doc·trine noun \ˈdäk-trən\
b : a principle or position or the body of principles in a branch of knowledge or system of belief
There is a set of principles and ideas that constitute the foundation of my understandning and view of system development. I hold these ideas for truths as I think there are good reasons for that position.
I think the most central idea in Agile is that we should trust humans - no system or process, no matter how well designed, beats the power of humans that cooperate.
I fully agree with Domain Driven Design that a strict and common understanding of the problem at hand is critical to success in the vast majority of development initiatives. The shared understanding should be used in the form of a Ubiquitous Language.
I believe that internal drive is more powerful that external motivators. I think Daniel Pink's "autonomy, mastery, and purpose" makes an excellent model for reasoning about this.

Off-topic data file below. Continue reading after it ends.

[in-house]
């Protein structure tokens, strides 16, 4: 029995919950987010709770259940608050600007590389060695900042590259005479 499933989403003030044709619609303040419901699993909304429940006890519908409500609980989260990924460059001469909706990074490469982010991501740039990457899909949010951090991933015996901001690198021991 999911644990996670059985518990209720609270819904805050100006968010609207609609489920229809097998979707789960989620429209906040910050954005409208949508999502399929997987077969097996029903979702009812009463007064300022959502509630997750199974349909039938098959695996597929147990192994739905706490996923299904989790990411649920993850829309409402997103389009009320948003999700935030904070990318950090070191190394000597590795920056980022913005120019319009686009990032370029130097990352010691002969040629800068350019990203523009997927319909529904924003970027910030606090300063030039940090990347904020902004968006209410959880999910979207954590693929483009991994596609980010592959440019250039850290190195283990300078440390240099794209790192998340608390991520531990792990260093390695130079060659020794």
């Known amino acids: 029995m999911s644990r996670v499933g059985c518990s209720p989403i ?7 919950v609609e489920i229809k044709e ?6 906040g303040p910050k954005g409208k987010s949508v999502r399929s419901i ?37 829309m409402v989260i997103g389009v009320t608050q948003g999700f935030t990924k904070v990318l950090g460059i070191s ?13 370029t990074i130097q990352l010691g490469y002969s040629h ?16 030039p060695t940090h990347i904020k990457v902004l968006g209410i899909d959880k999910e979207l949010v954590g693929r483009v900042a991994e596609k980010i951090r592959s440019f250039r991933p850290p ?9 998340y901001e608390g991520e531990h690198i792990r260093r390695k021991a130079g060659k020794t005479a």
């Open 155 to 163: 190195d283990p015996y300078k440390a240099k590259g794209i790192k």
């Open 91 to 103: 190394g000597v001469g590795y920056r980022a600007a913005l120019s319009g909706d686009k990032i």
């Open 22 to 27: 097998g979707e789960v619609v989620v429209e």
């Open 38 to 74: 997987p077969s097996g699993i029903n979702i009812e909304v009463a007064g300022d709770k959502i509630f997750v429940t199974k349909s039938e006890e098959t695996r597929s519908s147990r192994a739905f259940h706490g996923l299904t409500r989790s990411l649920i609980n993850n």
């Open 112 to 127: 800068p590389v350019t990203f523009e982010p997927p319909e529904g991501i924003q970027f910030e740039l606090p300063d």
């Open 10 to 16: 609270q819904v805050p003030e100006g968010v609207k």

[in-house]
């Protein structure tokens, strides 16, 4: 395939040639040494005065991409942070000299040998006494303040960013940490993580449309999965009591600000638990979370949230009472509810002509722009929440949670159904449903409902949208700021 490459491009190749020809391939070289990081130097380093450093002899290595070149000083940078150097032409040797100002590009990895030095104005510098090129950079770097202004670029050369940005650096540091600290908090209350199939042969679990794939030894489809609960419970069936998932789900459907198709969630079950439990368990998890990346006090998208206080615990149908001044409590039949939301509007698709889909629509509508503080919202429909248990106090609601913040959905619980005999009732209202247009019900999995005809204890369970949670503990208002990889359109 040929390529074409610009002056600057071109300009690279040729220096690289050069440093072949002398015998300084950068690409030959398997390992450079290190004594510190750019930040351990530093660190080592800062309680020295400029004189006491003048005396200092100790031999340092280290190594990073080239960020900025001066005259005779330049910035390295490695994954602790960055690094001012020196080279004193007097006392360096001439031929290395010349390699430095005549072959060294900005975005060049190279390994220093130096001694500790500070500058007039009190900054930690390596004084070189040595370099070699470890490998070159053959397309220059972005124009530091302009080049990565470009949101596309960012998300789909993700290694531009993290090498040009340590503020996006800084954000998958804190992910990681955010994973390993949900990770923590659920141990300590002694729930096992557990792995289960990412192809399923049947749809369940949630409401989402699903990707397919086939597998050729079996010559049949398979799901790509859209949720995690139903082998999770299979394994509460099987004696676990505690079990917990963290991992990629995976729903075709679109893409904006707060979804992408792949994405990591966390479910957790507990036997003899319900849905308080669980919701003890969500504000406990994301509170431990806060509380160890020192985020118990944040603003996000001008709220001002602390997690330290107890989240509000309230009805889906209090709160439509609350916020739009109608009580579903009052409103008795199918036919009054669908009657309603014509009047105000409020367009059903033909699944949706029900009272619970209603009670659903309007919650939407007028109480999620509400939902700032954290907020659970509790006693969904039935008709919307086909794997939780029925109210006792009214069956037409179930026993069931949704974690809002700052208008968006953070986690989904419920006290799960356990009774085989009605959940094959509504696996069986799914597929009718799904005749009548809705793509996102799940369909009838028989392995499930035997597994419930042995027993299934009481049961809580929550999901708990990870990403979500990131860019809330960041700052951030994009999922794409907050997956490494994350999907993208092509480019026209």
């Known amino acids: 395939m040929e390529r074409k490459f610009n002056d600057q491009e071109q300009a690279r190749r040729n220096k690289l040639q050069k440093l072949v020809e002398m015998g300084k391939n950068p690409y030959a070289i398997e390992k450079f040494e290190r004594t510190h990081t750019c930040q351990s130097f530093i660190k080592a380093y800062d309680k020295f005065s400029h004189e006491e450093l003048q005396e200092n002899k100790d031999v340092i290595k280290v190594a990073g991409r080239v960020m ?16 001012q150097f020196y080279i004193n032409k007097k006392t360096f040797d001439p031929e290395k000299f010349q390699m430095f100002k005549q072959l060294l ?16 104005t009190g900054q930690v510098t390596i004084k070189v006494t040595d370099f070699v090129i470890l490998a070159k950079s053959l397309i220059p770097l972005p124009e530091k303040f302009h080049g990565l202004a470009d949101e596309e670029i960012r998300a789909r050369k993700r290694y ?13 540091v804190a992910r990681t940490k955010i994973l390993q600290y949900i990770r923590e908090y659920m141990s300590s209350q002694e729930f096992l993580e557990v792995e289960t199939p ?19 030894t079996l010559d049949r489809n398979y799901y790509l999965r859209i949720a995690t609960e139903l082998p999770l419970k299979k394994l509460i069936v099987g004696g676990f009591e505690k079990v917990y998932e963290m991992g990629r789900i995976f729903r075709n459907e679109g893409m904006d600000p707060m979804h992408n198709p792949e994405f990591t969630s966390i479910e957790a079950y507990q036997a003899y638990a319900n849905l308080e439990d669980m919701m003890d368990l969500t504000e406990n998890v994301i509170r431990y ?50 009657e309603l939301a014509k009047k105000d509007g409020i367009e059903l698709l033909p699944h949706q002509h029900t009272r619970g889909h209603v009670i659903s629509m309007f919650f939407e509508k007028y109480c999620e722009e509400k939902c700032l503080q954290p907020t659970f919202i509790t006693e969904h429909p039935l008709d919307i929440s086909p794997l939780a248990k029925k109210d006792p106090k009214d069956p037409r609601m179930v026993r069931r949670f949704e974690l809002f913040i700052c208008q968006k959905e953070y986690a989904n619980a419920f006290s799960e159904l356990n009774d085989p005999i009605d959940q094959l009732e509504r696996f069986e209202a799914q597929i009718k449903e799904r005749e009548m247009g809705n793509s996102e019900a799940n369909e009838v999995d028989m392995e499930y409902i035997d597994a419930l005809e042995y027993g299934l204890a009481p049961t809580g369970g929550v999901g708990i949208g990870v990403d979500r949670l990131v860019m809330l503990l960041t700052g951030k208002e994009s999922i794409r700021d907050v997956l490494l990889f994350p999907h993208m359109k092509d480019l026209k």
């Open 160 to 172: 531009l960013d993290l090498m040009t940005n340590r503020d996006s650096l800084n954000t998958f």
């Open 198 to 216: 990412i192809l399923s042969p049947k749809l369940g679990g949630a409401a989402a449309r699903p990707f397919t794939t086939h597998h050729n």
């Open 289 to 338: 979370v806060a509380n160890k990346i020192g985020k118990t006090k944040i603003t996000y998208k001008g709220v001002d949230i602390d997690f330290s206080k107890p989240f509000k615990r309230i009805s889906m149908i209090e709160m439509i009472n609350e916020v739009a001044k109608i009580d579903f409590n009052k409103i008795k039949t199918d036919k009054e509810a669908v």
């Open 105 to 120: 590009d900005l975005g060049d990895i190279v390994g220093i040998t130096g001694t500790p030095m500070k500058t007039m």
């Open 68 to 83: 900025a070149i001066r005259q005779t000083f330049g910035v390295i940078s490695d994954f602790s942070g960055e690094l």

I consider the way Lean focus on "finishing, not starting, gives value" extremely valuable. Limiting work in progress and reducing waste become natural conclusions from this.
I embrace System Thinking and how it stresses each part's role in the larger scale as more important and interesting than the part itself.
I am deeply fond of the Scientific Method how it insists on observable facts as the basis for knowledge.
There are many things that form my thinking and my principles for reasoning. Those mentioned above are among the most central. If you want to understand how I think, this is where I start. To a large extent, these ideas form my personal doctrine for system development.